Women journalist quota in Germany: it's just charity

Article published on March 8, 2012
Article published on March 8, 2012
An initiative launched by 350 female journalists in Germany is promoting a quota of 30% of women in top media positions within five years. Aren't we forcing the question, girls?

I could be the perfect candidate to fill a quota. I am young and female, I come from a migrant background and I am part of a religious minority in Germany. There's too little of any of those criteria in my profession, which is journalism. With a bit of political cheer I could probably get any job in the world with that profile. That's only of course, if a quota was in place.

May the price be on your (girly) head

Almost 350 journalists (95% of them female) are calling for a nation-wide quota: women should be occupying 30% of the top jobs in medias across the country. Famous journalists are behind the Pro Quote initiative, too. 'It's time to change something,' they cry. 'Can you make it happen?' they ask their bosses.

Dorothy Bronson, reporter at the Chicago Daily News

Anyone who has taken part in an editorial meeting at one of the biggest newspapers knows why so many women journalists are looking for more recognition. The tight circle of editors-in-chief are almost exclusively only ever made up of men. Only 2% of the 360 senior editors in Germany are female, according to the initiative, whilst only three of the twelve directors of public radio and television stations are women. Even a female head of department remains a rarity. The women are the Indians, the man is often the chief. Having a fixed quota would no doubt resolve this problem, but at what price?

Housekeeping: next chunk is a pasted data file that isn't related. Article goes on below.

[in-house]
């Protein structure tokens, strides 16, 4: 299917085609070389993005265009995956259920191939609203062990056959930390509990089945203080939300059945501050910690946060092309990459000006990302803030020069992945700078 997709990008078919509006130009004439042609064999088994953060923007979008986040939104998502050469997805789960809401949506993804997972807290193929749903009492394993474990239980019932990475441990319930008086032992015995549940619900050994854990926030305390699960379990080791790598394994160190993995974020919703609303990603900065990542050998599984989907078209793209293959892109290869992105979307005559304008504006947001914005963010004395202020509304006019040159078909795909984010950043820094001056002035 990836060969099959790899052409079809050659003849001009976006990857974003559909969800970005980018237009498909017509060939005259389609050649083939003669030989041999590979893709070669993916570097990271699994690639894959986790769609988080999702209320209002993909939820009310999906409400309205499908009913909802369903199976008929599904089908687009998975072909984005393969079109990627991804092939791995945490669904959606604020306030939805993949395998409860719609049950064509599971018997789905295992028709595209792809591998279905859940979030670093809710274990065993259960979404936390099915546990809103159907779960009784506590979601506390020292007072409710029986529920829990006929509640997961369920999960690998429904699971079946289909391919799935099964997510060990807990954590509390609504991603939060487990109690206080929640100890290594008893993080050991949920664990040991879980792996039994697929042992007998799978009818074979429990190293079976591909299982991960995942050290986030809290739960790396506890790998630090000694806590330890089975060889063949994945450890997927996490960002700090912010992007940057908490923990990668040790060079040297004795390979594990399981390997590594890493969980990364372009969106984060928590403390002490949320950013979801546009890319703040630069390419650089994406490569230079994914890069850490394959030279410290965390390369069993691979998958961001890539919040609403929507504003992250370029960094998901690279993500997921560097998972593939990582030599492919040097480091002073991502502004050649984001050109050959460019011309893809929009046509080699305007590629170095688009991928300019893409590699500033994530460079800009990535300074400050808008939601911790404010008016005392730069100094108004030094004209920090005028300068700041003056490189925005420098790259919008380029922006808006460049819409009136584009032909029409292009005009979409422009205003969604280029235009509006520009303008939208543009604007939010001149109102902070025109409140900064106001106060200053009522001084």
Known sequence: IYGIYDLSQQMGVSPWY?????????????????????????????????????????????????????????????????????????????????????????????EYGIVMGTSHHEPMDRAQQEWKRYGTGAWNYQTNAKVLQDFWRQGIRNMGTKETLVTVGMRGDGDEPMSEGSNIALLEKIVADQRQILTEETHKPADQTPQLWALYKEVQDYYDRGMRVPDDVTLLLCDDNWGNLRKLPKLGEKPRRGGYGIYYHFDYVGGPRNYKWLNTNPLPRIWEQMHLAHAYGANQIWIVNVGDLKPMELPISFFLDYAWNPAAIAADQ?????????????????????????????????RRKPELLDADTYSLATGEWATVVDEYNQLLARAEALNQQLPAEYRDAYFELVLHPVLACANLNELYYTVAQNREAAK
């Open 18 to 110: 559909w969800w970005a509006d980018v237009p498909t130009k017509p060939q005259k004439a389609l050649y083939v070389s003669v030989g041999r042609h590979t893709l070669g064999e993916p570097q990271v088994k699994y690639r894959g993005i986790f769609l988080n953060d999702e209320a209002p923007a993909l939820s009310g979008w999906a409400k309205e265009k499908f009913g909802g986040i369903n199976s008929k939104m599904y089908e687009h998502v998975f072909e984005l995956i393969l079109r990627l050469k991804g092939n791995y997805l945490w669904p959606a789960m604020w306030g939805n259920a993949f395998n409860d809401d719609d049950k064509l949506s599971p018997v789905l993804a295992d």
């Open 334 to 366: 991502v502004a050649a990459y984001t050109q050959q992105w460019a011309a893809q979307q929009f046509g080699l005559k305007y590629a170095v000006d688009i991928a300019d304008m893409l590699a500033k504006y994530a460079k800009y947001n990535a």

A quota hints that a certain group is simply not good enough without a statistic as a corset

A quota suggests that we need the help that the figures can bring. It hints that a certain group is simply not good enough without a statistic as a corset. That doesn't sound like equal rights; it smacks of charity. It lends women an endangered air, a sex needing to be helped into the top chair. If men have only been hiring men, then women will from hence on always hire other women. This is not even necessary. Of course there will always be inequalities. According to a report from the European women's lobby, the average hourly pay gap between women and men in the EU is 16.4%. A quota wouldn't disable a mechanism which meant women didn't maybe need to 'prove themselves' first, or 'be trusted less'. In fact it would contribute to a wider sense of mistrust and malice - in the veins of it's-a-quota-which-got-you-here. This might not matter to some women, who would find it fair to become a doubtful boss-woman than not a boss-woman at all. I am not one of those women.

We don't need this quota at all. New data suggests that more than 50% of new journalistic recruits are female. At the end of the seventies there were only one fifth of them. More and more women are studying journalism at university, which is a first step into the right direction. It's just that we haven't got there yet. Openings for the big jobs don't often come around and the new guard hasn't yet moved on up. This is all going to change - maybe not in the next five, or ten years, but we will be selected to be the new leaders. This won't come down to the fact that we are women, or migrants, or a minority. It's because we will be in the majority, and without having needed the charity of a quota.

Images: (cc) Morning theft; in-text : (cc) John McNab/ both courtesy of flickr